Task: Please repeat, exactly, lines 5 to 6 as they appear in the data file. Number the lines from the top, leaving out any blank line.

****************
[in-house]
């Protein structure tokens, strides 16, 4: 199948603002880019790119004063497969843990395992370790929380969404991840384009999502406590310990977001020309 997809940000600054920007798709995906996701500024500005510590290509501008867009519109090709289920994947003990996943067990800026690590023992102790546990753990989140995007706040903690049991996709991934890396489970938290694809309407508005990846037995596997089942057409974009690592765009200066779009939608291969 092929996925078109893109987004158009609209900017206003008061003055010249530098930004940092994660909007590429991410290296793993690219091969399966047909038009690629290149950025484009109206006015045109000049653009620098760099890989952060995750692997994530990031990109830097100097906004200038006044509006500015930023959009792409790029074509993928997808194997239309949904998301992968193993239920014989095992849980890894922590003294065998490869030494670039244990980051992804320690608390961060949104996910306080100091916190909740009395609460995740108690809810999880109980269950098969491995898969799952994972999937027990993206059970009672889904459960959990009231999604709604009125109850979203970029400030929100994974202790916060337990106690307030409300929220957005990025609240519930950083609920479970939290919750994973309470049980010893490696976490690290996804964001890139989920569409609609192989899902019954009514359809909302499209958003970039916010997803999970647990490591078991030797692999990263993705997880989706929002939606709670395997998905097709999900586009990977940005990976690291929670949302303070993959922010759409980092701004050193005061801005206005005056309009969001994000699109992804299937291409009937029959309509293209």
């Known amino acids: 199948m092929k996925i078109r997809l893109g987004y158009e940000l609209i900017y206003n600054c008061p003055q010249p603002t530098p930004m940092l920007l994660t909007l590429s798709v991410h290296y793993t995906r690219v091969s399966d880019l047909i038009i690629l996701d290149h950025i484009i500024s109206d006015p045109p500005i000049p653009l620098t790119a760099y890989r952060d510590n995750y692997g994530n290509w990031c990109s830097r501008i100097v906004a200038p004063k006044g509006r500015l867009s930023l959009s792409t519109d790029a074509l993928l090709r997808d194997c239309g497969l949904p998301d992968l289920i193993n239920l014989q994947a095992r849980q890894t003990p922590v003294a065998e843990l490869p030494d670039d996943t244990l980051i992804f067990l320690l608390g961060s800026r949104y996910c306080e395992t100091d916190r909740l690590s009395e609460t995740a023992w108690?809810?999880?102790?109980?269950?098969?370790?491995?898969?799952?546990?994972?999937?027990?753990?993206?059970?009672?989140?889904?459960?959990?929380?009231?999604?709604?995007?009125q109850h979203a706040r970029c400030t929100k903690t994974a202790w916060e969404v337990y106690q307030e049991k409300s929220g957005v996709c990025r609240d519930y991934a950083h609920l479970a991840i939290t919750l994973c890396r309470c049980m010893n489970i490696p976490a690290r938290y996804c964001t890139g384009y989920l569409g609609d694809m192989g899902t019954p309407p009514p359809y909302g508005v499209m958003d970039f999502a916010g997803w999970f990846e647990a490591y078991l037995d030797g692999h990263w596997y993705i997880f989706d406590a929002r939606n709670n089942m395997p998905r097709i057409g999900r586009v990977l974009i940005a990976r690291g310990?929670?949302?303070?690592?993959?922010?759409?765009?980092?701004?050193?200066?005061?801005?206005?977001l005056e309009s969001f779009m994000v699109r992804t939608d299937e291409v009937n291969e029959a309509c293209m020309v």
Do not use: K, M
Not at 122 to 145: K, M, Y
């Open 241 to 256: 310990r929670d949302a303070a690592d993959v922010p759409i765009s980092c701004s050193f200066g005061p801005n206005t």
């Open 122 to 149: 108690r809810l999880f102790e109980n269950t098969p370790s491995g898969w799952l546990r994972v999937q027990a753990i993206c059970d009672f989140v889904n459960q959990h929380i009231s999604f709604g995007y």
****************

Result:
Not at 122 to 145: K, M, Y
């Open 241 to 256: 310990r929670d949302a303070a690592d993959v922010p759409i765009s980092c701004s050193f200066g005061p801005n206005t």